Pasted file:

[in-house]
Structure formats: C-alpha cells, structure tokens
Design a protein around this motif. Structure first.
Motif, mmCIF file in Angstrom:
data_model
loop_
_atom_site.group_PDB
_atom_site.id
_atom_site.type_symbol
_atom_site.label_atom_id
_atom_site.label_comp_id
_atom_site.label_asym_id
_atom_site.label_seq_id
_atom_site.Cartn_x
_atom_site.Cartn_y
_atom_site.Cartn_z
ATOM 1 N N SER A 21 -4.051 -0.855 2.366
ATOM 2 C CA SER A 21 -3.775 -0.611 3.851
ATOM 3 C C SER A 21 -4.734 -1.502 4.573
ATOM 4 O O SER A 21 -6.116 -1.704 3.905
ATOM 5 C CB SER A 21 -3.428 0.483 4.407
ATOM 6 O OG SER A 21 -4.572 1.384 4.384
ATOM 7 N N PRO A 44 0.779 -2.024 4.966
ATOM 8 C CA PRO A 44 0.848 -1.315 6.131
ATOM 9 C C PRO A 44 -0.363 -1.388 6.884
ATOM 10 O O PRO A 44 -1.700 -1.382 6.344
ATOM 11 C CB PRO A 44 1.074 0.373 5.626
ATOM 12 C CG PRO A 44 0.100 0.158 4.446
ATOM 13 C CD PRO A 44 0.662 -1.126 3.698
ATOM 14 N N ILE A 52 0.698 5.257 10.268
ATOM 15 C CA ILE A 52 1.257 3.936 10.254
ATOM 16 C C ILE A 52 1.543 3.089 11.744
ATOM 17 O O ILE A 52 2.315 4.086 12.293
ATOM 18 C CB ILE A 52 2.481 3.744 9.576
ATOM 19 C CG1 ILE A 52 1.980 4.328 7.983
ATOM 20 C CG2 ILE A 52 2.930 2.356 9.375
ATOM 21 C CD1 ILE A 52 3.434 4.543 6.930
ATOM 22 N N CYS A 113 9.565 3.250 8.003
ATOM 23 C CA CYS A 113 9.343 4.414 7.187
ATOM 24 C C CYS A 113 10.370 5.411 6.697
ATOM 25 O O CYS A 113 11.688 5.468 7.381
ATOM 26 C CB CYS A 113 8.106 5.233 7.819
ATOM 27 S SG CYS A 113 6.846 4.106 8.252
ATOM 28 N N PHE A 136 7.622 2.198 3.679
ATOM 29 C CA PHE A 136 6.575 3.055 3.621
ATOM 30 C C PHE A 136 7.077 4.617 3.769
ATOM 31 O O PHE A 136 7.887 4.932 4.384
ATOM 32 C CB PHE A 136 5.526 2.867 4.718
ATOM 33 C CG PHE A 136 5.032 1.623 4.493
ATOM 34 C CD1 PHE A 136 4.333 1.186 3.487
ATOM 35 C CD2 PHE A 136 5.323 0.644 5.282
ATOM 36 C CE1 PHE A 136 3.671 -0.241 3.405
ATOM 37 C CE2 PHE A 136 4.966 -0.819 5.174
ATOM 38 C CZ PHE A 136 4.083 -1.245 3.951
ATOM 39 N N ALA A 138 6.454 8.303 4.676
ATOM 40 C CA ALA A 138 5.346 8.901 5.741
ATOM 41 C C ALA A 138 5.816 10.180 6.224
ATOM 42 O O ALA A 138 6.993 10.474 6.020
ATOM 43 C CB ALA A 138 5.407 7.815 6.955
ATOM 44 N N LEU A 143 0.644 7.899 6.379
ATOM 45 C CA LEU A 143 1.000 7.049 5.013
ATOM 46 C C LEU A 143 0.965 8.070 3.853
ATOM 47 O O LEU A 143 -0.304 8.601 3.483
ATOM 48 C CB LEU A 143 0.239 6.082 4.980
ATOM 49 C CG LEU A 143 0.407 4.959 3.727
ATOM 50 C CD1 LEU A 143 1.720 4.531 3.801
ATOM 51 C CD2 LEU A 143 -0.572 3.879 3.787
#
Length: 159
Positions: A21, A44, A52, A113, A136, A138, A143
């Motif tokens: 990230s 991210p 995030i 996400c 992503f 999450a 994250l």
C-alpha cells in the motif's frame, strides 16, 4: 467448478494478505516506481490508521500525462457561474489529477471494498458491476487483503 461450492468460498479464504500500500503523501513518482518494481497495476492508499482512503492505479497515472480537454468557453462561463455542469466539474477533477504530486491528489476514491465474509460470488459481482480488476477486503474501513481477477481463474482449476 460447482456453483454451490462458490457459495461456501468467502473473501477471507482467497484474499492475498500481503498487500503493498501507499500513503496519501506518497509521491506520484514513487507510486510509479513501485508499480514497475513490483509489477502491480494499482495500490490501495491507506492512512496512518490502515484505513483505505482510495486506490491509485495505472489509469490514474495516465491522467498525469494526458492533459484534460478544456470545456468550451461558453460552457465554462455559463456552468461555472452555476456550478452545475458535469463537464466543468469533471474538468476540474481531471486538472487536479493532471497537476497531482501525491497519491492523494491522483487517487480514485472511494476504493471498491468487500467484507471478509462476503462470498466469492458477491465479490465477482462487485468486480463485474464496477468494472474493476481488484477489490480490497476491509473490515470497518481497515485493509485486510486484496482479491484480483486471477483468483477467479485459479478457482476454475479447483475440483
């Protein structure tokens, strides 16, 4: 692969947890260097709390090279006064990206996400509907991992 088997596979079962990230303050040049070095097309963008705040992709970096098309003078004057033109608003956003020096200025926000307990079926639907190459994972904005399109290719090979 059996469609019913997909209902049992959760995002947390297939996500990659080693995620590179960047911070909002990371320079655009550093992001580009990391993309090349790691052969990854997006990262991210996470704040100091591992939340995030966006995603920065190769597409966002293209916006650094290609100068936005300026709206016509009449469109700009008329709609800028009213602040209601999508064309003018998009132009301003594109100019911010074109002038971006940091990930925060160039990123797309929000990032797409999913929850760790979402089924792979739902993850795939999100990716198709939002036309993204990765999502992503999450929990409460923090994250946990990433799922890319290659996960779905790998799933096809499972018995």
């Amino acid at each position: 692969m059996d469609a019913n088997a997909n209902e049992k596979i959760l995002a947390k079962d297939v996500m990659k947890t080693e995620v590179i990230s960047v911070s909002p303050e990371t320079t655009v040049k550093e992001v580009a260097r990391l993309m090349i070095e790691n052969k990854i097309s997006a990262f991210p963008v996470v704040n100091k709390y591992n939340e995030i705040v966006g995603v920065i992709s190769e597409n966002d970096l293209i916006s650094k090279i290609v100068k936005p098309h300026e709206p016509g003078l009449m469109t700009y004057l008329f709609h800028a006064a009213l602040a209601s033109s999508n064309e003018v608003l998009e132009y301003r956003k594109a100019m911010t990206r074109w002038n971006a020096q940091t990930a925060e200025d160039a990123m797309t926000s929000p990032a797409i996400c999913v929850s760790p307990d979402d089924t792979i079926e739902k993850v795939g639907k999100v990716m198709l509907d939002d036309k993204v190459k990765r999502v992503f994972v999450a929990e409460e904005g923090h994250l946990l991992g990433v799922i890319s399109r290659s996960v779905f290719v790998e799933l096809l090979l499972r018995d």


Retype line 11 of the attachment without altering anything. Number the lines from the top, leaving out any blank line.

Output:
_atom_site.label_comp_id